I wanted to use TLS with non-self-signed certificates for RDP connections to my workstation at home and so I set out to make it happen. Since I don't have a domain with Active Directory (anymore...) the 'usual' methods found on the web don't quite apply. Here's a simple, step-by-step, guide on how to use StartSSL certificates to secure your RDP connection. This should also work fine with certificates from other CA's; step 2 and 3 (obtaining the .crt file) can/will be different but other than that you should be fine.
Inspired by Do you really want "bank grade" security in your SSL? Here’s how Aussie banks fare found on /r/programming I present to you the "Dutch edition". The author used Qualys SSL Labs' SSL test to determine how good banks' SSL implementations really are.
I have been a MongoVUE user for some time and have always been quite happy with it. I had a bug or problem a few years ago (can't remember what exactly) and was quite astonished that their site doesn't feature a "support" section. All you can do is click "contact us" and fill in some crappy e-mail form. Back then, if I recall correctly, it must've done the job because the bug has been fixed (I guess).
I love a chuckle now and then and Clients From Hell provides just that. It has done so for a long time. But for some time now it has been nagging me (and everyone) with some stupid popup that you can close but, at best, for 30 days before it starts nagging again.
Recently we started a project that, among a lot of other stuff, required many objects to be scheduled (and rescheduled) for processing. Each of these objects could, potentially, require it's own interval; for example object A could be required to process each 10 seconds, object B could need an interval of 3600 seconds and object C could need to be processed each second. As long as there's a handful of objects, instantiating a timer for each object would be an option. But since our collection could grow to contain more than thousands of objects I felt that having a timer hanging around for each of those objects wasn't the best idea ever. This was just a gut-feel until I later stumbled upon a blog-post from one of my all-time favorite bloggers Raymond Chen. Although, apparently, it's okay to have many timers lying around I felt there had to be a more efficient way to solve my problem.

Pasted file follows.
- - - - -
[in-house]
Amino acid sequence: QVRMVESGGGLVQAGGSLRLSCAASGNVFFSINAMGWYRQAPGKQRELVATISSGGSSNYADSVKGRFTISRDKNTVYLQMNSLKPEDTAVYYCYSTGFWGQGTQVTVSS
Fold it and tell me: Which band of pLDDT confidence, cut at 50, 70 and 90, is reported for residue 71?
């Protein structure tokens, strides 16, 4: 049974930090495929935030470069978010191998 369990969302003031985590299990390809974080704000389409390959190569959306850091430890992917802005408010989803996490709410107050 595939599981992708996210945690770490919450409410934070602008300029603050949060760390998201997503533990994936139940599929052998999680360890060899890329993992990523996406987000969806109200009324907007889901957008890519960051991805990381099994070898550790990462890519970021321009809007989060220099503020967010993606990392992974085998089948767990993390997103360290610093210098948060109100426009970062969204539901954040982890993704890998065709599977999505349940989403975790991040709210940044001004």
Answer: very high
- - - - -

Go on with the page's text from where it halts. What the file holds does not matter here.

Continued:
So I got home after a hard day of work and after putting the kids to bed and having a belated dinner I finally hit the couch and turned on the TV to stare at it mindlessly to clear my mind a little and give it some rest. So zapping through the channels I happened to tune in to National Geographic's taboo. The episode today was titled 'ugly'. I haven't been able to find the full episode on nationalgeographic.com yet but it might be available online later.
I recently got into a discussion about a comment I made on a blog post two years ago. Granted; my comment might have come out a bit harsh (for which I apologize) but there was a point to be made. In this blog post I'll try to explain what I was (and am) talking about and what my issues were (and are) with the proposed solution to the problem at hand: pagination of large chunks of data / resultsets.